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DAVID A. HARRIS

Saudi schools teach hatred of the West

THE SCHOOL YEAR is in full swing. Across the United States children are learning civics fundamentals -- democracy, pluralism, and mutual respect. These are all key values underlying our multiracial, multicultural society.

In the Kingdom of Saudi Arabia, however, children are taught contempt for anyone who is Christian or Jewish, and the West as a whole is denigrated. The daily teaching of hatred is taking place, as it has for many years, in a nation long purported to be America's closest ally in the Muslim world.

Unfortunately, amid reports about tensions in US-Saudi relations, one issue largely neglected is education. That is a pity. The pervasive denigration of the West in Saudi schools is essential to grasping the root of the long dormant fissures in the US-Saudi relationship, and, of course, understanding why 15 of the 19 terrorists on 9/11 were products of the Saudi educational system.

Saudi children are taught intolerance and contempt for the West and non-Muslims in a wide range of subjects, from literature to math. This is the central finding of a study, co-sponsored by the American Jewish Committee, of Saudi Arabia Ministry of Education books used in grades 1 though 10.

For example, eighth-graders are taught, in a geography book, that "Islam replaced the former religions that replaced it" and that "a malicious Crusader-Jewish alliance is striving to eliminate Islam from all the continents."

In a ninth-grade language exercise, Saudi youth are instructed to use the sentence, "The Jews are wickedness in its very essence," when learning the rules of the Arabic language.

Saudi schoolbooks implore Muslims not to befriend Christians or Jews. "Emulation of the infidels leads to loving them, glorifying them and raising their status in the eyes of the Muslim, and that is forbidden," states a ninth-grade jurisprudence book.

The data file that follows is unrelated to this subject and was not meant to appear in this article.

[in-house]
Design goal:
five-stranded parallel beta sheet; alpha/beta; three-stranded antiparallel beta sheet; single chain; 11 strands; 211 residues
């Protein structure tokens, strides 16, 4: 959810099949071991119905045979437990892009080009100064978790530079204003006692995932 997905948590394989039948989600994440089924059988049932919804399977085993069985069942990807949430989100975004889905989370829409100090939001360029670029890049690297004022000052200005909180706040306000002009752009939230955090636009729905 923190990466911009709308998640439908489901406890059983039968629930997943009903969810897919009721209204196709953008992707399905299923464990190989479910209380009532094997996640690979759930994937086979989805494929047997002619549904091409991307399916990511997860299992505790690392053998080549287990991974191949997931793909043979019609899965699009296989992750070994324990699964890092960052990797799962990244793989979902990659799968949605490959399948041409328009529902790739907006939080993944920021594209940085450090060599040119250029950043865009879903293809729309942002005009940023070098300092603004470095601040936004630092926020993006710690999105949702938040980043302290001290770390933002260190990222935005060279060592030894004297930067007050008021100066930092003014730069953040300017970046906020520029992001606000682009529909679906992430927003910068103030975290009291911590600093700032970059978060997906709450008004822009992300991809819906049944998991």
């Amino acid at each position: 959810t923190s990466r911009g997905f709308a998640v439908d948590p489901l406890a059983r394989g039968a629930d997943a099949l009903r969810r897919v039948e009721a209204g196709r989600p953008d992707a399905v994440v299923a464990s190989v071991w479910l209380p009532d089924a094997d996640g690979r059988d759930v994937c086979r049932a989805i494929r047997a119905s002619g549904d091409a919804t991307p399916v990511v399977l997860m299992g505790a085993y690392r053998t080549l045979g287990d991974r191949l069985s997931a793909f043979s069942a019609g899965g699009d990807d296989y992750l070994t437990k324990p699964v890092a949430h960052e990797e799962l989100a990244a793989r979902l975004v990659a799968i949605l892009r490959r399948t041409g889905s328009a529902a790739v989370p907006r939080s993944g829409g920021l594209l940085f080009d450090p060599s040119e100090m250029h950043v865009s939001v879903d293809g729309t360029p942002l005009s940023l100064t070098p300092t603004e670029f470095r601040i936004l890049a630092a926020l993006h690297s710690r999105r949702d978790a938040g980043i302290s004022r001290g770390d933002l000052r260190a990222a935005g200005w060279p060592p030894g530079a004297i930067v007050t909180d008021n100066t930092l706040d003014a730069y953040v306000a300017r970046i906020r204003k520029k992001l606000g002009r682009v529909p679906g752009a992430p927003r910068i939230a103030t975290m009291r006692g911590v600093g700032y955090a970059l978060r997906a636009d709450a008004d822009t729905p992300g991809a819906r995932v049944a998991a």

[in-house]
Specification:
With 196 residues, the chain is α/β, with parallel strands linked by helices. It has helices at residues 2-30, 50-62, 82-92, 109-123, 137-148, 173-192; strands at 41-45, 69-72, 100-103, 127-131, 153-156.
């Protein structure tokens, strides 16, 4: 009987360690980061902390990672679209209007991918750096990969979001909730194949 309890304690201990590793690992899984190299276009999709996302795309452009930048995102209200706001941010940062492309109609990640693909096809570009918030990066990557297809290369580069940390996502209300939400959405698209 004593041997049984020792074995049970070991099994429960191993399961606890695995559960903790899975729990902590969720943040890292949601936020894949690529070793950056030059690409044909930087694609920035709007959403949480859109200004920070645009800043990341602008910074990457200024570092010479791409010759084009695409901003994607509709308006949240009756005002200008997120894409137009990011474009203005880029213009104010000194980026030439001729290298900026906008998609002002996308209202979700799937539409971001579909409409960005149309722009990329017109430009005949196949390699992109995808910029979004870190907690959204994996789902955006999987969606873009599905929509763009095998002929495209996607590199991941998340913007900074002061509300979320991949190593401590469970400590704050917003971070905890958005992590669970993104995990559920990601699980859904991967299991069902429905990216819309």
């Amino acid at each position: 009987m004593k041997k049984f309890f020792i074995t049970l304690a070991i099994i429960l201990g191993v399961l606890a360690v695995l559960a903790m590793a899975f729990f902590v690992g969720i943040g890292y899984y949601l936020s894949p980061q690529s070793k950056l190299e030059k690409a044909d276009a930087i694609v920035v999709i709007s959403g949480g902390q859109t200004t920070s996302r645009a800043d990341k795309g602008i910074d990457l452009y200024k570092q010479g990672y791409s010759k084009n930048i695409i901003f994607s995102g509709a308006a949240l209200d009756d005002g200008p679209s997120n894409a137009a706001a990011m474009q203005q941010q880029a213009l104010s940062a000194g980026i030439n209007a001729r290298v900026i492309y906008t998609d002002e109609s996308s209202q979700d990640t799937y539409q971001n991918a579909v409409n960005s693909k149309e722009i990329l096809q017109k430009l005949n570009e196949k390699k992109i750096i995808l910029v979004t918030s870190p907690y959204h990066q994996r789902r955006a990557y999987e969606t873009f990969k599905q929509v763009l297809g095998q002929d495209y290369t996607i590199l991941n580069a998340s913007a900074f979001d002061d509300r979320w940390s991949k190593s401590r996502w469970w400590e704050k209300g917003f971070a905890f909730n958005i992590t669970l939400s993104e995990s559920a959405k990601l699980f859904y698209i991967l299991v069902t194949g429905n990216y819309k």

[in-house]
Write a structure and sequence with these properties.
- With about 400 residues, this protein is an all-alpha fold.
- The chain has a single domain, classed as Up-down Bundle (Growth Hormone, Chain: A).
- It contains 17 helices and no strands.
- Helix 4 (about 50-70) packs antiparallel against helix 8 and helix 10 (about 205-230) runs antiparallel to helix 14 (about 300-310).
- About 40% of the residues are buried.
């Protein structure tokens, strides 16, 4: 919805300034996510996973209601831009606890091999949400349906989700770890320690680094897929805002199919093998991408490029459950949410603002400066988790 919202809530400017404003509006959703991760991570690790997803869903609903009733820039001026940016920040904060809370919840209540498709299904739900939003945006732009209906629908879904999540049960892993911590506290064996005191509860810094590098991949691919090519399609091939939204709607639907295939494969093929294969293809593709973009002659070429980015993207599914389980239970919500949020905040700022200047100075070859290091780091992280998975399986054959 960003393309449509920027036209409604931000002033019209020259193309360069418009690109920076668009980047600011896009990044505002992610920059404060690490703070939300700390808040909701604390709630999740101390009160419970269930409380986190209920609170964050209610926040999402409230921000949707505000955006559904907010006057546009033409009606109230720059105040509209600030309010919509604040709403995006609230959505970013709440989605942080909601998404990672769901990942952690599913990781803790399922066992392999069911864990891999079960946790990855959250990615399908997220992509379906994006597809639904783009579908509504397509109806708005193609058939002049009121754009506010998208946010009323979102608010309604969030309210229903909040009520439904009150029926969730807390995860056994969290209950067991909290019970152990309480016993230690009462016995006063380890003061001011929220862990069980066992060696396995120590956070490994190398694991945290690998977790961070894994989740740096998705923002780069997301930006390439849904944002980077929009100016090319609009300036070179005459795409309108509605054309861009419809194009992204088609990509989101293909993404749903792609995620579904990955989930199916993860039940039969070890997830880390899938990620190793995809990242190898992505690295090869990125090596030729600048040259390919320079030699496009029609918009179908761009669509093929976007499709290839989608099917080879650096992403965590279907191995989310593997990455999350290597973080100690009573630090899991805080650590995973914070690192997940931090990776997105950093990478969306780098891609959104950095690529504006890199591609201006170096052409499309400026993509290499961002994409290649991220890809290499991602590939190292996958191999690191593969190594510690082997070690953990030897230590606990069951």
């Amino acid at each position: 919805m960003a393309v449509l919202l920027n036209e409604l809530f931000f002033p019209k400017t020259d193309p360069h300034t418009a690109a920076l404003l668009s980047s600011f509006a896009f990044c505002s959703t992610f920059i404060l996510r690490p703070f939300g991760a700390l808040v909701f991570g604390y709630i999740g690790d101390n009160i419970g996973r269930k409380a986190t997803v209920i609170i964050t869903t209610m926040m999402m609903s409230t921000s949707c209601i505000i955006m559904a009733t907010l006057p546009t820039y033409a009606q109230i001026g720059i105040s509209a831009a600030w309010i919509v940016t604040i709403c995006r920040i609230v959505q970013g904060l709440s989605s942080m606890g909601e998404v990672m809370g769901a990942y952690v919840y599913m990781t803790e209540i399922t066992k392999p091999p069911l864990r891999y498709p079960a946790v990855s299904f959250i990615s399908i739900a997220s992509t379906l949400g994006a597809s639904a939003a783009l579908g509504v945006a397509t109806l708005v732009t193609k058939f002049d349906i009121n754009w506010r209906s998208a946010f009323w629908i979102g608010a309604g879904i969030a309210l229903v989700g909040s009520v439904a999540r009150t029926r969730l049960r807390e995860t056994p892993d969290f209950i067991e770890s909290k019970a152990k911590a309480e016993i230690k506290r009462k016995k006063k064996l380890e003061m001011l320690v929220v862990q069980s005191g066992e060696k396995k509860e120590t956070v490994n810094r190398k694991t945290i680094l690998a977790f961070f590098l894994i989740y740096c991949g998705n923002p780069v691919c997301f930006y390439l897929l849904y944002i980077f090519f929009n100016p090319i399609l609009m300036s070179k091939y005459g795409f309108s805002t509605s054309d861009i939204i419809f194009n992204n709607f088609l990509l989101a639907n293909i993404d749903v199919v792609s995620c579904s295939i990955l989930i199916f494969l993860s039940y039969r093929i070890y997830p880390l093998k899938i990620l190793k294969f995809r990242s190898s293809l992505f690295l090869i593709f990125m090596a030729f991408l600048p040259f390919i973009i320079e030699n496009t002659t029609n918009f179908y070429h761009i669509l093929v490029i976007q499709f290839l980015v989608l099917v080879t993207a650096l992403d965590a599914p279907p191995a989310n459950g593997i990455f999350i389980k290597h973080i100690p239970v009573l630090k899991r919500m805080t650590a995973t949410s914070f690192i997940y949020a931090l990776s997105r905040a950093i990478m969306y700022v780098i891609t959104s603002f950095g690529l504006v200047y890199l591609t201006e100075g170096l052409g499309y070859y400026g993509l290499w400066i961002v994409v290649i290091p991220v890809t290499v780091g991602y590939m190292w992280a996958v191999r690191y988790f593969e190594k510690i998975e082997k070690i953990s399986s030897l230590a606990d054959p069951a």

Saudi spokespeople have dismissed the indisputable fact that the demonizing of Christians, Jews, and the West is pervasive in official books used throughout the government-controlled school system.

When the American Jewish Committee raised the education issue with Saudi Foreign Minister Faisal, he told us, as he has stated in interviews with American media, that the problematic passages are limited to about "five percent of the schoolbooks."

Faisal and other Saudi spokespeople have grossly underestimated the problem. And, though the foreign minister and others have asserted that steps are being taken to rewrite them, there is no evidence as yet to support these claims.

Moreover, Saudi schoolbooks and curriculum are actively exported to other Arab and Muslim countries, where Saudi largess funds many schools. Indeed, several Muslim schools in the United States have been built and staffed with Saudi money, opening the door to the spread of Saudi-sponsored hate on American soil. Probing which of the books published in Saudi Arabia might also be used here in the United States is vital.

Thus far, our government has downplayed the issue of Saudi education reform. Members of Congress, though, are recognizing that education is at the root of the long dormant problems in the US-Saudi partnership. Resolutions calling for Saudi education reform are pending in the both the House and Senate.

To continue to ignore the hate that is integral to Saudi education can no longer be tolerated, all the more so given Saudi demography. More than half of the Saudi population is under the age of 20. What can we expect from these youngsters after years of indoctrination? The answer should be obvious.

The United States must press Saudi Arabia, which claims friendship with our country, to excise the hatred that permeates their schoolbooks. Until a new chapter, both literally and figuratively, is written in the American-Saudi relationship, truly amicable ties will be difficult to achieve.

David A. Harris is executive director of the American Jewish Committee.

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